As the most important intestinal mucosal barrier of the main body, the innate immune barrier in intestinal tract plays especially pivotal roles in the overall health conditions of infants and young children; therefore, how to strengthen the innate immune barrier is pivotal. A variety of bioactivities of lactoferrin (LF) has been widely proved, including alleviating enteritis and inhibiting colon cancer; however, the effects of LF on intestinal immune barrier in infants and young children are still unclear, and the specific mechanism on how LF inhibits infantile enteritis by regulating immune signaling pathways is unrevealed. In the present study, we firstly performed pharmacokinetic analyses of LF in mice intestinal tissues, stomach tissues and blood, through different administration methods, to confirm the metabolic method of LF in mammals. Then we constructed in Vitro and in Vivo infantile intestinal immune barrier damage models utilizing lipopolysaccharide (LPS), and evaluated the effects of LF in alleviating LPS-induced intestinal immune barrier damage. Next, the related immune molecular mechanism on how LF exerted protective effects was investigated, through RNA-seq analyses of the mouse primary intestinal epithelial cells, and the specific genes were analyzed and screened out. Finally, the genes and their related immune pathway were validated in mRNA and protein levels; the portions of special immune cells (CD4+ T cells and CD8+ T cells) were also detected to further support our experimental results. Pharmacokinetic analyses demonstrated that the integrity of LF could reach mice stomach and intestine after oral gavage within 12 h, and the proper administration of LF should be the oral route. LF was proven to down–regulate the expression levels of inflammatory cytokines in both the primary intestinal epithelial cells and mice blood, especially LF without iron (Apo-LF), indicating LF alleviated infantile intestinal immune barrier damage induced by LPS. And through RNA-seq analyses of the mouse primary intestinal epithelial cells treated with LPS and LF, embryonic lethal abnormal vision Drosophila 1 (ELAVL1) was selected as one of the key genes, then the ELAVL1/PI3K/NF-κB pathway regulated by LF was verified to participate in the protection of infantile intestinal immune barrier damage in our study. Additionally, the ratio of blood CD4+/CD8+ T cells was significantly higher in the LF-treated mice than in the control mice, indicating that LF distinctly reinforced the overall immunity of infantile mice, further validating the strengthening bioactivity of LF on infantile intestinal immune barrier. In summary, LF was proven to alleviate LPS-induced intestinal immune barrier damage in young mice through regulating ELAVL1-related immune signaling pathways, which would expand current knowledge of the functions of bioactive proteins in foods within different research layers, as well as benefit preclinical and clinical researches in a long run. Full article
(This article belongs to the Special Issue Lactoferrin, the Moonlighting Protein of Innate Immunity)
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12 pages, 1802 KiB  
Article
Lactoferrin Inhibition of the Complex Formation between ACE2 Receptor and SARS CoV-2 Recognition Binding Domain
by Roberta Piacentini, Laura Centi, Mattia Miotto, Edoardo Milanetti, Lorenzo Di Rienzo, Martina Pitea, Paolo Piazza, Giancarlo Ruocco, Alberto Boffi and Giacomo Parisi
Int. J. Mol. Sci. 2022, 23(10), 5436; https://doi.org/10.3390/ijms23105436 - 13 May 2022
Cited by 16 | Viewed by 2229
Abstract
The present investigation focuses on the analysis of the interactions among human lactoferrin (LF), SARS-CoV-2 receptor-binding domain (RBD) and human angiotensin-converting enzyme 2 (ACE2) receptor in order to assess possible mutual interactions that could provide a molecular basis of the reported preventative effect [...] Read more.
The present investigation focuses on the analysis of the interactions among human lactoferrin (LF), SARS-CoV-2 receptor-binding domain (RBD) and human angiotensin-converting enzyme 2 (ACE2) receptor in order to assess possible mutual interactions that could provide a molecular basis of the reported preventative effect of lactoferrin against CoV-2 infection. In particular, kinetic and thermodynamic parameters for the pairwise interactions among the three proteins were measured via two independent techniques, biolayer interferometry and latex nanoparticle-enhanced turbidimetry. The results obtained clearly indicate that LF is able to bind the ACE2 receptor ectodomain with significantly high affinity, whereas no binding to the RBD was observed up to the maximum “physiological” lactoferrin concentration range. Lactoferrin, above 1 µM concentration, thus appears to directly interfere with RBD–ACE2 binding, bringing about a measurable, up to 300-fold increase of the KD value relative to RBD–ACE2 complex formation. Full article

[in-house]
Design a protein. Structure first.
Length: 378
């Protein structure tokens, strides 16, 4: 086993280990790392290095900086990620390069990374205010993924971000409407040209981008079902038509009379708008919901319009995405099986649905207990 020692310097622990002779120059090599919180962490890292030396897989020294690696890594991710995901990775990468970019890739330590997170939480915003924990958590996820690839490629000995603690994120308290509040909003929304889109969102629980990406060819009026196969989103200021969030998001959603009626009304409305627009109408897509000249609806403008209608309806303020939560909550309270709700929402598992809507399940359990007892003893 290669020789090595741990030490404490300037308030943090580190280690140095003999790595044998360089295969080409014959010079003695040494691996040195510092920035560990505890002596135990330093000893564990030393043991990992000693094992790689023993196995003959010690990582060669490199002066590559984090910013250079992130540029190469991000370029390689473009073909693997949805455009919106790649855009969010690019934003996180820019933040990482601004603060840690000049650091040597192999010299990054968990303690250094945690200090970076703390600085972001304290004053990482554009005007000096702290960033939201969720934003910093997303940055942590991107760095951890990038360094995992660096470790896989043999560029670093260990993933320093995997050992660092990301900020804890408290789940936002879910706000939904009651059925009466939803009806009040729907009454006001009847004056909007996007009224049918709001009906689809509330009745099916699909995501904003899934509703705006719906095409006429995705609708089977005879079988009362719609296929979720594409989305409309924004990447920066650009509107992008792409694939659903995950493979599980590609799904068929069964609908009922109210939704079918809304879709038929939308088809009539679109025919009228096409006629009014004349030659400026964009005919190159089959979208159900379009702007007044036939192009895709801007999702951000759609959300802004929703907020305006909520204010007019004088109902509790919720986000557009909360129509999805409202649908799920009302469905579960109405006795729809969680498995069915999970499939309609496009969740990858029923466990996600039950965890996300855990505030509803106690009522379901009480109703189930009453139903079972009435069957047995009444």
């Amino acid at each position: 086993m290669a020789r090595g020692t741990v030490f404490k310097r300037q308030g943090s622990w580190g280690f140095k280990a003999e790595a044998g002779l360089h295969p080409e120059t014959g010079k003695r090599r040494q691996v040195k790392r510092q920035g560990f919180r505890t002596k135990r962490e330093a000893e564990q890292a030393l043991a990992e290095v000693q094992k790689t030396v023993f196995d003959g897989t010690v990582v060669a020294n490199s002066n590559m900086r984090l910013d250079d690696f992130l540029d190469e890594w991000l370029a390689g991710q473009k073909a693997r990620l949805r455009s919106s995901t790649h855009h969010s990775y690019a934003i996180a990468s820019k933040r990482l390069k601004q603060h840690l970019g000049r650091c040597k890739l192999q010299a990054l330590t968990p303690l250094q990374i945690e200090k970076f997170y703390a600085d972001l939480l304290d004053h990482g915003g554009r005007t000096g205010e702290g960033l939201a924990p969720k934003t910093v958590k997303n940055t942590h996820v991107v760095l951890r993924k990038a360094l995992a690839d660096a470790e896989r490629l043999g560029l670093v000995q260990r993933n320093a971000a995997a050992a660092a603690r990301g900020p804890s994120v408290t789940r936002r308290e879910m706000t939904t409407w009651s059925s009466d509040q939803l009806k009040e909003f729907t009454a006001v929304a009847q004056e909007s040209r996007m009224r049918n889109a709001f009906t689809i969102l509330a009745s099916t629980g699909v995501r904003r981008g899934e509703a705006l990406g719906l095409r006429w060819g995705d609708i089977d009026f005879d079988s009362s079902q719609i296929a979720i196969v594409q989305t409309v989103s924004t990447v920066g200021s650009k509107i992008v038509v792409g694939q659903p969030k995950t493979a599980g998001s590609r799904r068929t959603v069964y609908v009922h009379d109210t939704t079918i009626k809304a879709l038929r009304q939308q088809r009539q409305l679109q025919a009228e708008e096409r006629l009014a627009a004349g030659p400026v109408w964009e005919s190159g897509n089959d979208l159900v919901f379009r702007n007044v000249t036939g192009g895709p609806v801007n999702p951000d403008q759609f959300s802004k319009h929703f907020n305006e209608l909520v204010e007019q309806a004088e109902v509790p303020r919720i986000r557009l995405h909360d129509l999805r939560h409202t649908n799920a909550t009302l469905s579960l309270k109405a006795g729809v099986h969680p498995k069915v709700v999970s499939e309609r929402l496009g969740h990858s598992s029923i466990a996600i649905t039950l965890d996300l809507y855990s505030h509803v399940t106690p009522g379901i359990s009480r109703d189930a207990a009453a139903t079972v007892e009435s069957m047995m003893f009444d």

(This article belongs to the Special Issue Lactoferrin, the Moonlighting Protein of Innate Immunity)
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Review

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23 pages, 4550 KiB  
Review
Lactoferrin as a Human Genome “Guardian”—An Overall Point of View
by Iwona Bukowska-Ośko, Dorota Sulejczak, Katarzyna Kaczyńska, Patrycja Kleczkowska, Karol Kramkowski, Marta Popiel, Ewa Wietrak and Paweł Kowalczyk
Int. J. Mol. Sci. 2022, 23(9), 5248; https://doi.org/10.3390/ijms23095248 - 8 May 2022
Cited by 22 | Viewed by 4434
Abstract
Structural abnormalities causing DNA modifications of the ethene and propanoadducts can lead to mutations and permanent damage to human genetic material. Such changes may cause premature aging and cell degeneration and death as well as severe impairment of tissue and organ function. This [...] Read more.
Structural abnormalities causing DNA modifications of the ethene and propanoadducts can lead to mutations and permanent damage to human genetic material. Such changes may cause premature aging and cell degeneration and death as well as severe impairment of tissue and organ function. This may lead to the development of various diseases, including cancer. In response to a damage, cells have developed defense mechanisms aimed at preventing disease and repairing damaged genetic material or diverting it into apoptosis. All of the mechanisms described above are part of the repertoire of action of Lactoferrin—an endogenous protein that contains iron in its structure, which gives it numerous antibacterial, antiviral, antifungal and anticancer properties. The aim of the article is to synthetically present the new and innovative role of lactoferrin in the protection of human genetic material against internal and external damage, described by the modulation mechanisms of the cell cycle at all its levels and the mechanisms of its repair. Full article
(This article belongs to the Special Issue Lactoferrin, the Moonlighting Protein of Innate Immunity)